Born in Cincinnati, Mr. Bowen completed his college degree at Denison University in Granville, Ohio in 1955 and earned his PhD in economics at Princeton only three years later. He joined the Princeton faculty as a labor economist, becoming a full professor in 1965. In 1967, he was appointed provost, helping President Robert Goheen oversee the University’s transition to coeducation. In 1972, the year Sonia Sotomayor arrived as a freshman, he became, at 38, the University’s president. How he dealt with the challenges of that tumultuous time is described in Lessons Learned.

On that September morning in 1981, Mr. Bowen ended his evocation of “Ithaka,” his “text for the day,” with reference to the “harbors” of Princeton and the “encountering of a new idea, wrestling with it, turning it over in your mind, testing your comprehension of it — and, finally, if you are fortunate, coming to understand it and to appreciate its beauty. But you have to be open to such experiences; no one can force them on you. Don’t miss, please, the pleasure, the joy of learning.”


July 10, 2013

Ask any farmer if they’d rather have a dry year or a wet year, and the answer is likely to be the same: Dry. “You can water, but if you have too much rain, you can’t take it away,” says Gary Mount of Terhune Orchards in Lawrenceville, one of several local farms that has been affected by drenching rains in recent weeks. The wet weather, which abated over the July 4th weekend while the heat continued, has had farmers scrambling to rescue crops in their most important planting season.

“There’s just too much rain,” Mr. Mount said last week. “Extra moisture encourages diseases on plants. The ability to deal with it is related to how long it goes on. It’s only been wet for two and a half weeks. If it goes on all next month, that will be hard to deal with. But usually, we go through a wet or dry spell, and then things change.”

The driving rains were also unwelcome at Great Road Farm in Skillman, which supplies some of the produce to the Witherspoon Street restaurant Agricola as well as farmers’ markets in West Windsor and Brooklyn.

“It could be a record in June for rainfall in New Jersey,” said farm manager Steve Tomlinson. “We’re struggling to get our succession planting in. We plant every two weeks, or at least every month, so we have a constant supply. Right now our greenhouse is backing up with plants that haven’t been able to get out into the field. Our tomatoes are looking pretty stressed.”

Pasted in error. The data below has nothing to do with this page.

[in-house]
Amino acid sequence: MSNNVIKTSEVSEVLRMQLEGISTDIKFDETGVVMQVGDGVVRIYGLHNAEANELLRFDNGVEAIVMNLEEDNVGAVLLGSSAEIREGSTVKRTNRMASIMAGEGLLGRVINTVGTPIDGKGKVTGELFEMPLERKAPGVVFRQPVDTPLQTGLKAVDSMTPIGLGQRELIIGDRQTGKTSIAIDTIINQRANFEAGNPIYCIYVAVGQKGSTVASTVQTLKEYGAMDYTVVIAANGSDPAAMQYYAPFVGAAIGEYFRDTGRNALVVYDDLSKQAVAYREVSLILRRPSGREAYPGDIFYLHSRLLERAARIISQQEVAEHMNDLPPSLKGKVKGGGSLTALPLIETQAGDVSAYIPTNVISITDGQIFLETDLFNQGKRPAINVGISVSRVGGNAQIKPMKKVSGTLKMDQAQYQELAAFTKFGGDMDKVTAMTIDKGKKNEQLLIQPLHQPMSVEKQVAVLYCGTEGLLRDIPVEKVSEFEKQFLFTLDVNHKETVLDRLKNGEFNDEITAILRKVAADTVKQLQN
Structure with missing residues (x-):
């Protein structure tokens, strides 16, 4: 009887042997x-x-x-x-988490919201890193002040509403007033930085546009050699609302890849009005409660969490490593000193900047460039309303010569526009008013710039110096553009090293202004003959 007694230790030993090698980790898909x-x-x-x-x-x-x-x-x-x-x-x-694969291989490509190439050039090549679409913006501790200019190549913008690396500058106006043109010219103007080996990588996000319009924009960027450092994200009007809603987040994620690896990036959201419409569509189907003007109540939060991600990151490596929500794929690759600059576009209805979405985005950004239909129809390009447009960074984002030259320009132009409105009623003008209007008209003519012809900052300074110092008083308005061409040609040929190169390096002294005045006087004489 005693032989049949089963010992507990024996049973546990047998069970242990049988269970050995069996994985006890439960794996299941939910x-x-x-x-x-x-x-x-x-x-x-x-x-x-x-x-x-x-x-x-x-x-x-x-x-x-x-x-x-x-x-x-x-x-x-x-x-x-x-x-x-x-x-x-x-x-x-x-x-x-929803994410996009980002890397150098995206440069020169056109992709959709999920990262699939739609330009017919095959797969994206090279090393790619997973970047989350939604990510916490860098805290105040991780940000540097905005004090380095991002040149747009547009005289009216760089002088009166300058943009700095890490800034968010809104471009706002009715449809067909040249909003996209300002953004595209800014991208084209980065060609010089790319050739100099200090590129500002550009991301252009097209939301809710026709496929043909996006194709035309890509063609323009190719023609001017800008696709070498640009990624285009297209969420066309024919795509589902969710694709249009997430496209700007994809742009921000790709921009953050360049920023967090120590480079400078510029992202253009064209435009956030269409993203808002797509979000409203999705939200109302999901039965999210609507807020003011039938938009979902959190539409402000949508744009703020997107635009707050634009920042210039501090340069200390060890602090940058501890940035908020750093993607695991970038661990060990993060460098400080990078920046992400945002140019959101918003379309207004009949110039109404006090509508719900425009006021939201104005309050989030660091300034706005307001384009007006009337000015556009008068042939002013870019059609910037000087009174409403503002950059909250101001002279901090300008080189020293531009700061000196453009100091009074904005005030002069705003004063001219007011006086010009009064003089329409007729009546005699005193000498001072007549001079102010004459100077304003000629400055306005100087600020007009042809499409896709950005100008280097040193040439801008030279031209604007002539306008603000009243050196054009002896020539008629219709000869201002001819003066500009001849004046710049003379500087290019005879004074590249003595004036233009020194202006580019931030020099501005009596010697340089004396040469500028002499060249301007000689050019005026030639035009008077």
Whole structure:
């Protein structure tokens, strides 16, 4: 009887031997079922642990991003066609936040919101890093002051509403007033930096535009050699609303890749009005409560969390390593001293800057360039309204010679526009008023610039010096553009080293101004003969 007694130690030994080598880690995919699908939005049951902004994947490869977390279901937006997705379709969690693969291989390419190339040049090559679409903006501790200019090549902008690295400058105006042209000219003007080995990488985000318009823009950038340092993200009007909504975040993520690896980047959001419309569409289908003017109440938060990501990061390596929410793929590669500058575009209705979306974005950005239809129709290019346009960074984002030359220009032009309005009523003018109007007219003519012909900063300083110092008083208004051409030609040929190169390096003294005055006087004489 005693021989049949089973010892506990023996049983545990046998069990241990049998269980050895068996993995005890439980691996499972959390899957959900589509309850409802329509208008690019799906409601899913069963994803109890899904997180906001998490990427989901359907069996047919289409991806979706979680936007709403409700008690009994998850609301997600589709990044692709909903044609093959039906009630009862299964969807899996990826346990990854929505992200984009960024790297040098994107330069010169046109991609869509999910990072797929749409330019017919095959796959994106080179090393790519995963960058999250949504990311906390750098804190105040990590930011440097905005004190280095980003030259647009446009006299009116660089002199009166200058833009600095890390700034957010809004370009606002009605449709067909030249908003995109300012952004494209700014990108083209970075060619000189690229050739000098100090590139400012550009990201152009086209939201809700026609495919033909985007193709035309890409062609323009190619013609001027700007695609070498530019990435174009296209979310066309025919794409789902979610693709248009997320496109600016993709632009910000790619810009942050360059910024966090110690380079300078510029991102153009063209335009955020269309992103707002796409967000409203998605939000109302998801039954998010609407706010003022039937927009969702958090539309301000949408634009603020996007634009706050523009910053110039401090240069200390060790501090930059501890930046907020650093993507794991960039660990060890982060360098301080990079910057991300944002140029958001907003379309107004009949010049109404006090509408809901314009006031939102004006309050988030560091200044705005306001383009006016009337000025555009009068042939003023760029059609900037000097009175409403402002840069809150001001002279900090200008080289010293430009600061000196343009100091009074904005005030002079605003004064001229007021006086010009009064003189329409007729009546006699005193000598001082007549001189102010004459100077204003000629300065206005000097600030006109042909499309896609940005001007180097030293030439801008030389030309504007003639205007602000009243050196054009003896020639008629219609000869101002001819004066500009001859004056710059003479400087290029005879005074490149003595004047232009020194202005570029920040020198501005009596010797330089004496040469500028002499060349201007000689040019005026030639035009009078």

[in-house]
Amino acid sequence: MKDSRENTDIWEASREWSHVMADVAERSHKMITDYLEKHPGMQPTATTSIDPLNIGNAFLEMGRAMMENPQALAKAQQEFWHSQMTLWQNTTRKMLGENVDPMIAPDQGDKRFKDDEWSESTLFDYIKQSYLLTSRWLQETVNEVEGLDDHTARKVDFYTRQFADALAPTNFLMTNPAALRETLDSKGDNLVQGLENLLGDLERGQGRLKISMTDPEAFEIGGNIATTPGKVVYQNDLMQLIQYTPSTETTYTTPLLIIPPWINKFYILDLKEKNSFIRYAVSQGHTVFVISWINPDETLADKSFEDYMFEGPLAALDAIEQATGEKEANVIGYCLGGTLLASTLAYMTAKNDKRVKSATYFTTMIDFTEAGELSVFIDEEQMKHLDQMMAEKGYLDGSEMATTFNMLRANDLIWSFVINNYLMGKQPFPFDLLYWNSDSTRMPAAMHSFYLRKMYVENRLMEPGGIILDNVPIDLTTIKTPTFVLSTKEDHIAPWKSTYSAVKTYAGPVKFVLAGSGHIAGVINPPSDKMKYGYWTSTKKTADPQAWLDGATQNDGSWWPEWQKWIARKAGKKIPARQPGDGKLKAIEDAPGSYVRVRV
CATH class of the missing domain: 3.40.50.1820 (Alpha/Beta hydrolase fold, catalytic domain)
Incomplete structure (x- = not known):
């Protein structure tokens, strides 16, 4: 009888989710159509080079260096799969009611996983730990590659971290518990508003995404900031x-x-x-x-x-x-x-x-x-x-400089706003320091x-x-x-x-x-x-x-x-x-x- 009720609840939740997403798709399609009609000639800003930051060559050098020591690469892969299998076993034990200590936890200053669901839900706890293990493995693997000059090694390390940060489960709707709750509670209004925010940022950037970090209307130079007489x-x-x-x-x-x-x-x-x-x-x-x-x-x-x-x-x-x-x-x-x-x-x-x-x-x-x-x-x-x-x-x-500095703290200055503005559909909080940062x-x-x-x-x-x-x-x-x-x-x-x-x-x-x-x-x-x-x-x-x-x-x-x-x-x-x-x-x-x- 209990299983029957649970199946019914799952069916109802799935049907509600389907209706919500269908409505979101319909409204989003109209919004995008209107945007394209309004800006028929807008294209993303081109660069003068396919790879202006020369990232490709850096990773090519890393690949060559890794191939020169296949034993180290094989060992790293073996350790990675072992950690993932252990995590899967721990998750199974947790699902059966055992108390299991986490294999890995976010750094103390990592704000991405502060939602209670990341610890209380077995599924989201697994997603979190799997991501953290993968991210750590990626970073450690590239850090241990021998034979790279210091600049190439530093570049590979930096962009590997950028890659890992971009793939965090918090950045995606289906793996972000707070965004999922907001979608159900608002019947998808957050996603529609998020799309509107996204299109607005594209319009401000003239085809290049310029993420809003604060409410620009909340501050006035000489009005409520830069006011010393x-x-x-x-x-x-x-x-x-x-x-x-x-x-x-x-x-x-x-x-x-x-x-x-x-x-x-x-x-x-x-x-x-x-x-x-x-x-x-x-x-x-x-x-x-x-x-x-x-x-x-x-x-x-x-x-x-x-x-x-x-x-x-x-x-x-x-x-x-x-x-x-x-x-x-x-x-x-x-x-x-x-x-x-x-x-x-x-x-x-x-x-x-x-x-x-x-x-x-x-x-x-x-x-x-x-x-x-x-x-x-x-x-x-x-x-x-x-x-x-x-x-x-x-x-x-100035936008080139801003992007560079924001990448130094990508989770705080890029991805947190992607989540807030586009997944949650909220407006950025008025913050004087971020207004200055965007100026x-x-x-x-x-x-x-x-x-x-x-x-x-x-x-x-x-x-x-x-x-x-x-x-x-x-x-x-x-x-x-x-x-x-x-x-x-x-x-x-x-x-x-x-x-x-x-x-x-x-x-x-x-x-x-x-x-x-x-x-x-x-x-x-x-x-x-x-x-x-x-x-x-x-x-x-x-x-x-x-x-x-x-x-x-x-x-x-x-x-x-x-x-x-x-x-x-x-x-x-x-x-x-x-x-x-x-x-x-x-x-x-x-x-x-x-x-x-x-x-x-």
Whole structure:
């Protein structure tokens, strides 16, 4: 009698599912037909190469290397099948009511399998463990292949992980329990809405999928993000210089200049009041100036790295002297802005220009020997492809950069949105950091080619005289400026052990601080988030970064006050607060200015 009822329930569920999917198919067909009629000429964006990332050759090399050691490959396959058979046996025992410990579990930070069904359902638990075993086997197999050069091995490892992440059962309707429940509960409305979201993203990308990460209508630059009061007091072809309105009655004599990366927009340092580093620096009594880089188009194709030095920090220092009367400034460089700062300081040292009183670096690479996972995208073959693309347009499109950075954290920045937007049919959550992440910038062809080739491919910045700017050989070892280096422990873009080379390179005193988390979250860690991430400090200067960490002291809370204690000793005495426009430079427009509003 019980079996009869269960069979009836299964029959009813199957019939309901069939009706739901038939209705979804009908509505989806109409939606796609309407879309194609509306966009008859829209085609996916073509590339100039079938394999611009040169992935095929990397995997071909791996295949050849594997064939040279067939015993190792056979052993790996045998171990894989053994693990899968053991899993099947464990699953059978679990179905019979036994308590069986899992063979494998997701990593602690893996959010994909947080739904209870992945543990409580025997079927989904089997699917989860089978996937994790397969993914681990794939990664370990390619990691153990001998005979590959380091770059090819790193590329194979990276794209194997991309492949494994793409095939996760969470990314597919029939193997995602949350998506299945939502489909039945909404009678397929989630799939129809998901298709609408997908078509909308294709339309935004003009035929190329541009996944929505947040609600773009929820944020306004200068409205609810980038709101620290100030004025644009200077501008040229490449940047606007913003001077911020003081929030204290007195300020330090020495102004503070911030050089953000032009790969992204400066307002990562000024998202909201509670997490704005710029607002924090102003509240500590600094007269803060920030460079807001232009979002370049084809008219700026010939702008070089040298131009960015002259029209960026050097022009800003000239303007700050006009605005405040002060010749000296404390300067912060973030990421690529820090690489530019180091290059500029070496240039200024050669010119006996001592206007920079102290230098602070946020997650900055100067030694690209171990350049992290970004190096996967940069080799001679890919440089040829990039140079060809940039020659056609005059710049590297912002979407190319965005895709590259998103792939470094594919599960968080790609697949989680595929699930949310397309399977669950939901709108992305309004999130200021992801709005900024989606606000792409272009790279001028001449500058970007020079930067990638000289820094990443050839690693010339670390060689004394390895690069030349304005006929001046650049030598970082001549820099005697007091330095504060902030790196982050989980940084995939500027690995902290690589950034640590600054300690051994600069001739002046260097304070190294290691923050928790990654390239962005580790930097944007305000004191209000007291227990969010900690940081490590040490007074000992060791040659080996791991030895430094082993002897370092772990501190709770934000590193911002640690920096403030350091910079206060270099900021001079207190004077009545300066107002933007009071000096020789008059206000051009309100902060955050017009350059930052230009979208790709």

June actually did set a record as the wettest on record in New Jersey since 1895, according to information from the New Jersey state climatologist. The heavy rains damaged crops like blueberries, squash, and tomatoes.

“The only thing that doesn’t mind the water is sweet corn,” said Judee Deficcio, whose Pineland Farms in Hammonton supplies her stand at the Trenton Farmers’ Market. “We have sandy soil, which drains well but tends to wash away nutrients when there is that much water. Blueberries just keep absorbing water, and they get soft. The other problem with blueberries is that you don’t want to pick them when they’re wet. There were days when we’d pick for an hour or two instead of the usual 12. Also, you don’t want to pick in the extreme heat, and we’ve had plenty of that, too.”

Farmers know to prepare for heavy rains by planting raised beds. “This prevents the plants from getting over-saturated. It really helps us a lot,” said Mr. Mount. Planting varieties that are resistant to diseases caused by extra moisture is another form of insurance. More applications of fungicide can also help.

“It’s nobody’s favorite job, but you have to know that a rainy year requires more,” Mr. Mount said. “Most commercial farmers now use a monitoring system to help judge when they need more and when they don’t. In a wet year, more has to be used.”

The sweet cherries at Terhune are very susceptible to rain, but covering them to keep moisture out has saved this year’s crop. “It was a problem, but fortunately we had a way of dealing with it,” Mr. Mount said.

Ms. Deficcio watched an entire field of squash “just melt” in the rain, she said. Squash is one of the most easily damaged by saturation, and not just the summer varieties. “It may affect the pumpkin crop for the fall, because this is the time when pumpkin is planted,” she said. “There’s still some time to get them in, but we’ll have to see.”